Michel: And, you know, whether something becomes free in the future is not an important thing because the fact is if you buy something right now, and I'm not saying for, for, for buying stuff that has been pirated. To me, people who actually buy products and then go on E-bay and then sell it and, and, and actually willfully defraud people or willfully steal stuff, that's, that's, that's a whole different idea. And, and, and, and many of these suck shit by the way.
But if you actually have a product that later on becomes free, um, that's fine, because at least you were the first one to buy the product and start putting it into use and if you're not making enough money from that to buy the “next best thing,” then there's something wrong someplace.
Gary: Yeah. And you know what you need to understand is that you're living in the world you're living in and stop being a whiner about it. You know, ah, two days ago, I, I, I have a couple of cell phones and I use prepaid cell phones. And, ah, I can usually fill them up by just using my credit card but, you know, they, Cingular bought Bell South, they made it more difficult so I found a retail location and I wanted to buy, put $100.00 in prepaid minutes on my card and they, they asked me, do you want to spend $20.00, $60.00 or $100.00. I said, I want to spend $100.00.
They said fine, that will be $110.00. I didn't even ask them why it was $110.00. I, you know, it's not the clerk's fault, it's whatever, you know. I mean, it, somebody came up with a concept I think that is a good one. Everybody has a mental limit of money they're, they, they're not going to think about. You know, I mean, ah, you know, if I want something.
Here's an obvious one, an example. If I want something and it costs a dime, I'm not going to think about whether I should be paying a nickel for it. Ah, and, you know, there, there's a certain point; you should establish your point where you're not going to waste a lot of time and energy, some dollar amount, ah, that, um, the, ah, on that. The um, I want to, um, I'm about wrapped up with these questions. Do you have any more?
Michel: Oh, yeah, I, I, actually, I'm getting some more right now as we speak. Um, didn't you, first of all, I can ask *** you a few more but did you want to add anything else?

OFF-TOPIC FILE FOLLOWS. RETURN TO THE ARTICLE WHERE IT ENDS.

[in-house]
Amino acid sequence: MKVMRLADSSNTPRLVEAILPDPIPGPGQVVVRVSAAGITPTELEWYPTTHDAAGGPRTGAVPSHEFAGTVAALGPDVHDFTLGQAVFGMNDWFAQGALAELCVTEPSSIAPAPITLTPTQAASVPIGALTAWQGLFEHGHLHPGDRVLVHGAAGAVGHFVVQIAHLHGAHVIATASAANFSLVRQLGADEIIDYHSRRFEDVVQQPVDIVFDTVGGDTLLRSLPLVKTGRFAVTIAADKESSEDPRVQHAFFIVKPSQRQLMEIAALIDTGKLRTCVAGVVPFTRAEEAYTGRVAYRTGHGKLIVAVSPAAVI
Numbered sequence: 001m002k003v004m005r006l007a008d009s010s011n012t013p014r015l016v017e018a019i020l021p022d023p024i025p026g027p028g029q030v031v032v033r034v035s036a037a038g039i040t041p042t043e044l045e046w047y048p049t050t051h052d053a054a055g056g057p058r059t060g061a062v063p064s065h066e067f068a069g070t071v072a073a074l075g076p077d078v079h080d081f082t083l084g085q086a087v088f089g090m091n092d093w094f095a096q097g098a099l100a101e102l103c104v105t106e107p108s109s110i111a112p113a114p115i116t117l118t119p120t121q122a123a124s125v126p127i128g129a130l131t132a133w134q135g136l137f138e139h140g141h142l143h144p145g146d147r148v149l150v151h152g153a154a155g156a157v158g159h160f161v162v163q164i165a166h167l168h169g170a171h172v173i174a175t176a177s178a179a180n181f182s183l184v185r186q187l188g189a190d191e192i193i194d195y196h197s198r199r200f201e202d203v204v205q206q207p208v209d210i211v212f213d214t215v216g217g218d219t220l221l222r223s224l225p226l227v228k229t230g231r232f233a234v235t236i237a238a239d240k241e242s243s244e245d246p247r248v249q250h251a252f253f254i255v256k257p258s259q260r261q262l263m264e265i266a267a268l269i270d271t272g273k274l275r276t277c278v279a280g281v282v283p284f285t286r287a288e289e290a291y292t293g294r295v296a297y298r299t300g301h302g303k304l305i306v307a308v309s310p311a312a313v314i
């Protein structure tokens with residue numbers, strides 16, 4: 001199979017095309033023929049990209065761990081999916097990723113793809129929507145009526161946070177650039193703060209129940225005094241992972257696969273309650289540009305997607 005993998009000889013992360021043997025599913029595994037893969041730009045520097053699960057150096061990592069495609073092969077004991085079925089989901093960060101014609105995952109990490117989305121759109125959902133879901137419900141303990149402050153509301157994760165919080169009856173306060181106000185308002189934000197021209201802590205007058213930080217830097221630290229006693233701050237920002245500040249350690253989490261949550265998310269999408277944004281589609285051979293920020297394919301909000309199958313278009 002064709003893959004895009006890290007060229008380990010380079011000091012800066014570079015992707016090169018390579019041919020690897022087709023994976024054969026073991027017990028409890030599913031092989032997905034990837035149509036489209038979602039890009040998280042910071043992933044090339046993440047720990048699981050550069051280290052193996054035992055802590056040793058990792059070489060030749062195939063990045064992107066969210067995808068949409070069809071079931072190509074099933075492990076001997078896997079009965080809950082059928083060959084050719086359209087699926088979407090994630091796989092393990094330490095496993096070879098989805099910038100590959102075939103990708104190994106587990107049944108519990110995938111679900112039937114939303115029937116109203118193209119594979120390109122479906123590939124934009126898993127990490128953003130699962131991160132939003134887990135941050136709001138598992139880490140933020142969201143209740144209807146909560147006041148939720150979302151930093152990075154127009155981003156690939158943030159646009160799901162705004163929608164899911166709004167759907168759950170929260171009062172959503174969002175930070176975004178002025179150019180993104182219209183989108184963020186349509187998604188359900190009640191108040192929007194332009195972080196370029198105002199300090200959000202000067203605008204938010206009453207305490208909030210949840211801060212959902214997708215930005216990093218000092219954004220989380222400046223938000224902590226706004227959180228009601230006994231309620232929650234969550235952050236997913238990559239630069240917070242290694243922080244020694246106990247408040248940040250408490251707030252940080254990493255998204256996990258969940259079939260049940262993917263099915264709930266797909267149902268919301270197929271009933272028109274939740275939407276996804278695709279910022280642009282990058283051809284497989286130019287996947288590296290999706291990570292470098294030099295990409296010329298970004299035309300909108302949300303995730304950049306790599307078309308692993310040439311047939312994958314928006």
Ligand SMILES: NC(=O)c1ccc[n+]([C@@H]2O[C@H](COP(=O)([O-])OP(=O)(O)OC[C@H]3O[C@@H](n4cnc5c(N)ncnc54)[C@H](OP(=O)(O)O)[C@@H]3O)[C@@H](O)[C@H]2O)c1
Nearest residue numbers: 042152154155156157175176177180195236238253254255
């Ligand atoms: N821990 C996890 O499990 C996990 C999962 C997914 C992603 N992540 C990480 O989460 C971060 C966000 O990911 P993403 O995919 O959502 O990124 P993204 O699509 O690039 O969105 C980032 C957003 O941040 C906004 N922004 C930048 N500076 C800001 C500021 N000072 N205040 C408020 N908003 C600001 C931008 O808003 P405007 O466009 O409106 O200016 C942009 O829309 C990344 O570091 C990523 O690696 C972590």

Gary: Yeah, I do. I do. Um, I'd like to switch to something kind of serious for a moment. Um, a lot of people ask the question about what is the difference between writing for women and as opposed to writing for men. And it's just a variation of my customer's are different.
What is the difference between writing for rocket scientists and people who like to buy Rap music? Ah, what is the difference between writing to carpenters and for people who are writing to computer geeks?
The truth is there is no difference whatsoever to writing any of the group. What you need to do is to be imparting information that's important to those people in the clearest way humanly possible.
And I'm going to give you a real good example of that. I'm going to guess that most of the people on this telephone call are not interested in knitting. So I want you to imagine that I wrote the most brilliant add you can ever imagine on the subject of knitting and you're reading in USA Today or someplace and I offer a great price which is a fraction of where you buy it otherwise and the copy is scintillating.
Probably no matter how good that copy is, you're not going to buy the knitting machine. In fact, you're not even going to read the copy. Now let's, let's switch to another example. Let's say that you're a man and your wife is pregnant and she's pretty close to being due and you have to be someplace; you just have to be. But you have your cell phone at the ready and you, you have her or someone else standing by to tell you if the, if your, your baby is being born. And lo and behold…
Michel Fortin is a senior marketing specialist, renowned copywriter, and digital marketing expert. For the better part of 30 years, he's produced countless successful marketing communications and profitable campaigns that generated in excess of $300 million in sales. He's broken many industry sales records, including being instrumental behind the first ever “million-dollar day” online marketing campaign in 2004. He's worked with thousands of businesses and entrepreneurs around the world in a wide variety of industries on building their businesses, improving their marketing, and increasing their profits. He's a published author and often speaks at industry events. To connect with him, visit his LinkedIn profile where he is most active.